Last month Jeff Sessions and the GOP went after medical marijuana protections and now Sessions is putting the entire legal cannabis industry at risk. Sessions wrote a letter to all states saying the Cole Memorandum (Cole memo) is to be rescinded immediately. States are to follow the laws set forth by the Controlled Substance Act. Obama-era polices of noninterference pertaining to states marijuana laws are no longer in place.

What Is The Cole Memo?

The Cole memo is the document drafted by former Deputy Attorney General James Cole that was the binding set of regulations states recreational cannabis laws we’re to obey. As long as states were in 100 percent compliance with these laws, federal prosecutors would abstain from inference of cannabis related activities. States like Colorado have shown how serious they are about following the Cole memo’s rules. Last month the state raided 13 recreational dispensaries for state law violations. Colorado did this on its own accord with no prompting or help from DEA or any other federal agencies.

Jeff Sessions

Sessions didn’t outright tell federal prosecutors to go after cannabis businesses, but he removed the  leashes if any decide to do so themselves. In his letter Sessions mentions the finite resources they’re managing to prosecute marijuana cases, but to uphold federal law which still labels cannabis as a schedule-one drug. U.S. Attorney Andrew Lelling of Massachusetts said his office would aggressively pursue cannabis related crimes but the states recreational marijuana law isn’t be addressed at this time. While Lelling seems to be lock-step with Sessions assessment that this is a “return to law,” most-everyone else seems to be unanimously against the move and are standing against Sessions and defending the Cole memo.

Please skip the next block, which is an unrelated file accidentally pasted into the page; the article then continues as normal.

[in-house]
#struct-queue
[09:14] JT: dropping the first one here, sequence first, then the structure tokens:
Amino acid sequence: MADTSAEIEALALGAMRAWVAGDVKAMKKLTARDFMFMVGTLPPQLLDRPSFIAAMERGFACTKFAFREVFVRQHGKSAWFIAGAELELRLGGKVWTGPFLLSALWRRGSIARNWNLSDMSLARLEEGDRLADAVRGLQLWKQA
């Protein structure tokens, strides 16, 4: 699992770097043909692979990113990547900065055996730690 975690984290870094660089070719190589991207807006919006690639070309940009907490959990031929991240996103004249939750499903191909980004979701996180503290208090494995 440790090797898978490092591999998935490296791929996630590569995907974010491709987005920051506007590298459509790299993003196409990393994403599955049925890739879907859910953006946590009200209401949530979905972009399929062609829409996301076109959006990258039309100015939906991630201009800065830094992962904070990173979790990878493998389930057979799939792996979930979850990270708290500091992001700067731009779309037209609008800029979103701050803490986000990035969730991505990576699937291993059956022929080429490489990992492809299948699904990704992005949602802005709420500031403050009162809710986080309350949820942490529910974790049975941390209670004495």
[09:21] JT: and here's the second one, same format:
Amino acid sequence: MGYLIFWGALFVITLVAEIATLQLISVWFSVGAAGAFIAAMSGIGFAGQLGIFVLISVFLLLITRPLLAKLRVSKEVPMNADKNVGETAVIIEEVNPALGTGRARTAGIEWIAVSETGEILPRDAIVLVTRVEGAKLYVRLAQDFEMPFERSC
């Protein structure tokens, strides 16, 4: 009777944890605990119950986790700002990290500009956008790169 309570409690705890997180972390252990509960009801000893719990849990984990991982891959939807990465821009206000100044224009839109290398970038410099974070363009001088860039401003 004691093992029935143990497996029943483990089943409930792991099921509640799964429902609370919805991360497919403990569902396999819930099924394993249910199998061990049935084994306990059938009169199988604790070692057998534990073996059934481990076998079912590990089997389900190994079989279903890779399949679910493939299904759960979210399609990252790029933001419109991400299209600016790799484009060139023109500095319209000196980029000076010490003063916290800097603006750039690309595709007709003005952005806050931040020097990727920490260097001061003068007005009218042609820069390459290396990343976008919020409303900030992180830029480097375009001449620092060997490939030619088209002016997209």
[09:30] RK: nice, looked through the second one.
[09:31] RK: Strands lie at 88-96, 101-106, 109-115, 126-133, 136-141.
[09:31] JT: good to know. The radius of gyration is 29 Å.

Another Trump Lie

Trump’s stance leading up to the 2017 election was to leave the states alone when it came to marijuana prosecution, a decision that held with President Obama and Attorney General Holder-era recommendations.

“I’m a states person, I think it should be up to the states,” Trump said.

Trump has been silent since Sessions rescinded the Cole memo. Trump hasn’t reigned in Session who’s been attacking cannabis since he took his attorney general position. Trump has not kept to his word on many things since he was elected, and the states cannabis rights is another entry on that long list of lies.

Defending The Cole Memo Against Jeff Sessions

Washington Governor Jay Inslee suggested the public stand firm and resist while Washington Attorney General Bob Ferguson said “we’re not messing around” in regards defending the Washington’s cannabis industry. Massachusetts Gov.  Charlie Baker, U.S. Attorney Bob Troyer of the District of Colorado, Republican Senator Cory Gardner, Lt. Governor of California Gavin Newsome  and the Koch brothers are just some of the law makers and policy influencers that disagree with Sessions attack on the cannabis industry.

It’s well known that the war on drugs perpetuates racial stereotypes dealing with drug use and disproportionately effects black and brown neighborhoods, systematically ruining thousands of peoples lives. For Sessions to restart a drug war that’s wasted billions of tax dollars with no positive impact to show for it; is downright insulting to the critically thinking voters of this country. The majority of whom at minimum support medical cannabis if not complete legalization.

Cannabis needs to be further researched to fully understand its benefits and detriments, but it’s unanimously agreed that it’s safer than opioids, which is plaguing out country. It’s also safer than alcohol and tobacco; both are legal and regulated by the government despite having no medical usage whatsoever.

In Washington consumers have purchased $2.48 billion in cannabis, paid $223 million in sales tax $682 million in marijuana tax. That’s almost a $1 billion budget for Washington to fight Sessions decision. These numbers are as of Oct. 2017, according to 502data.

KushMart opened in November 2014 and has been a top-ranked recreational pot shop since day 1. We’re located at 6309 Evergreen Way STE C minutes off of Interstate 5. With ample parking, you will be in and out in no time and with our amazing selection and best prices you will have a smile on your face.

FOR MORE FOOD AND PRODUCT RECOMMENDATIONS AND LEMON MERINGUE STRAIN INFO, FOLLOW KUSHMART’S BLOG.

No Matter How Hard He Tries, Sessions Still Can’t Go After Medical Marijuana